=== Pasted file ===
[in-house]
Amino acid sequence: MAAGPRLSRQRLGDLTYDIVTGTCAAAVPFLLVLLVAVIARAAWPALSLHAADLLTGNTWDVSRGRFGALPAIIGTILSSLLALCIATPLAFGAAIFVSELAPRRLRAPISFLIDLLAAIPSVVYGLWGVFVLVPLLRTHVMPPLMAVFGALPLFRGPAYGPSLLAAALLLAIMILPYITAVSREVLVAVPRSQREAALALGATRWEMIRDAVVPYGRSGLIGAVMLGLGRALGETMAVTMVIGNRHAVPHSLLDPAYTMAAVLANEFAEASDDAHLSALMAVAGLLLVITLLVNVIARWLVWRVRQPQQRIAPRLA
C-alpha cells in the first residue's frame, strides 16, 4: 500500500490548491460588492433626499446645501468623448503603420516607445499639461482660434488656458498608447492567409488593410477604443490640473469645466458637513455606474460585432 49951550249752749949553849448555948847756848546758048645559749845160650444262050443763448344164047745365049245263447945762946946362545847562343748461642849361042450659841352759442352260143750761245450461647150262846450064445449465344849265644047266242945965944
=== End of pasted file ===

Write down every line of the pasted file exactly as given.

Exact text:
[in-house]
Amino acid sequence: MAAGPRLSRQRLGDLTYDIVTGTCAAAVPFLLVLLVAVIARAAWPALSLHAADLLTGNTWDVSRGRFGALPAIIGTILSSLLALCIATPLAFGAAIFVSELAPRRLRAPISFLIDLLAAIPSVVYGLWGVFVLVPLLRTHVMPPLMAVFGALPLFRGPAYGPSLLAAALLLAIMILPYITAVSREVLVAVPRSQREAALALGATRWEMIRDAVVPYGRSGLIGAVMLGLGRALGETMAVTMVIGNRHAVPHSLLDPAYTMAAVLANEFAEASDDAHLSALMAVAGLLLVITLLVNVIARWLVWRVRQPQQRIAPRLA
C-alpha cells in the first residue's frame, strides 16, 4: 500500500490548491460588492433626499446645501468623448503603420516607445499639461482660434488656458498608447492567409488593410477604443490640473469645466458637513455606474460585432 49951550249752749949553849448555948847756848546758048645559749845160650444262050443763448344164047745365049245263447945762946946362545847562343748461642849361042450659841352759442352260143750761245450461647150262846450064445449465344849265644047266242945965944